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Supporting Scholars Under Threat

Since 2016 Global Cornell has led campus and community support for international scholars, students, and human rights defenders whose work puts them at risk in their home countries.

Eugene Nikiforovich in a small classroom setting with students around a table.
Eugene Nikiforovich, remote visiting scholar from Ukraine, meets with Ukrainian-language students during his spring 2024 visit to the Cornell campus. Nikiforovich also met with engineering faculty and students throughout the week-long visit to build potential partnerships around his renewable energy research.

Defying the Odds

To mark the freedom of expression theme year, Global Cornell presents a three-part series profiling the challenges and successes of Cornell’s scholars under threat alumni, written by Afghan journalist Fatima Faizi.


Painting of a woman wearing a hijab with bright eyes.

Elja Sharifi’s Voice for the Powerless

Afghan visual artist and scholar Sharifa “Elja” Sharifi fled Afghanistan in September 2021, a month after the Taliban seized control. She found a new beginning at Cornell's Herbert F. Johnson Museum of Art, where she has been able to continue her work over the past two years.


Molina drawing Nicaraguan President Daniel Ortega.

Pedro X. Molina’s Delicate Achievement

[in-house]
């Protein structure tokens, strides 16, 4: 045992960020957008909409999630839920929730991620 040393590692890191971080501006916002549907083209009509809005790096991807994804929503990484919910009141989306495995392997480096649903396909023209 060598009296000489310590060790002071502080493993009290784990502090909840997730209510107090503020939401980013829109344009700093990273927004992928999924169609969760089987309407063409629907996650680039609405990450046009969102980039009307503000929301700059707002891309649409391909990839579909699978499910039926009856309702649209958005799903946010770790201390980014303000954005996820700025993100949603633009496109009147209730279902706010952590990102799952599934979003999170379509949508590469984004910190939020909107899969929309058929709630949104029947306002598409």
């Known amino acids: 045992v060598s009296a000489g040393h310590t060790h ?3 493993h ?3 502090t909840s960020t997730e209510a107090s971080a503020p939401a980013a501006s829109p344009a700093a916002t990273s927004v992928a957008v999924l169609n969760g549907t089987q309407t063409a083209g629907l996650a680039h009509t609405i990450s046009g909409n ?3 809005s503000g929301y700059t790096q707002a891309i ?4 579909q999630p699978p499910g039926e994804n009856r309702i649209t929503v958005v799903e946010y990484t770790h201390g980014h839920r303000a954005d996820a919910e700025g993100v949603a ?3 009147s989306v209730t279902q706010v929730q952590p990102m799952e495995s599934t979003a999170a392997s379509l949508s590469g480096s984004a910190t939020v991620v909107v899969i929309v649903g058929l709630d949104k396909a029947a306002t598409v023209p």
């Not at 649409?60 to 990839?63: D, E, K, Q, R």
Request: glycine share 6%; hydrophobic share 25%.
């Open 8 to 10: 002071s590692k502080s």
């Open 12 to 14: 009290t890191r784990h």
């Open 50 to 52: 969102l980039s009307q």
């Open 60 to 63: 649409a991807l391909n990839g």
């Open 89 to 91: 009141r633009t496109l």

Cartoonist Pedro X. Molina, currently a visiting critic in the Einaudi Center, challenges Nicaragua’s dictatorship with a daily cartoon. In 2023, he was honored with the Václav Havel International Prize for Creative Dissent.


Azat Gündoğan speaks with an audience member after the panel session.

Azat Gündoğan’s Journey to FSU

After his family was forced to flee a government crackdown in Turkey, Florida State University sociologist Azat Gündoğan found a "lifeline" at Cornell as an IIE-SRC fellow.


Broad-Reaching Partnerships

Global Cornell works closely with the International Institute of Education’s Scholar Rescue Fund (IIE-SRF) to provide sanctuary for scholars at risk of persecution in their home countries. Cornell offers these scholars the opportunity to continue their research and teaching in a welcoming, safe, and supportive scholarly community as they pursue a more permanent situation for themselves and their families. We also work with IIE's Artist Protection Fund (IIE-APF) to offer refuge for threatened artists.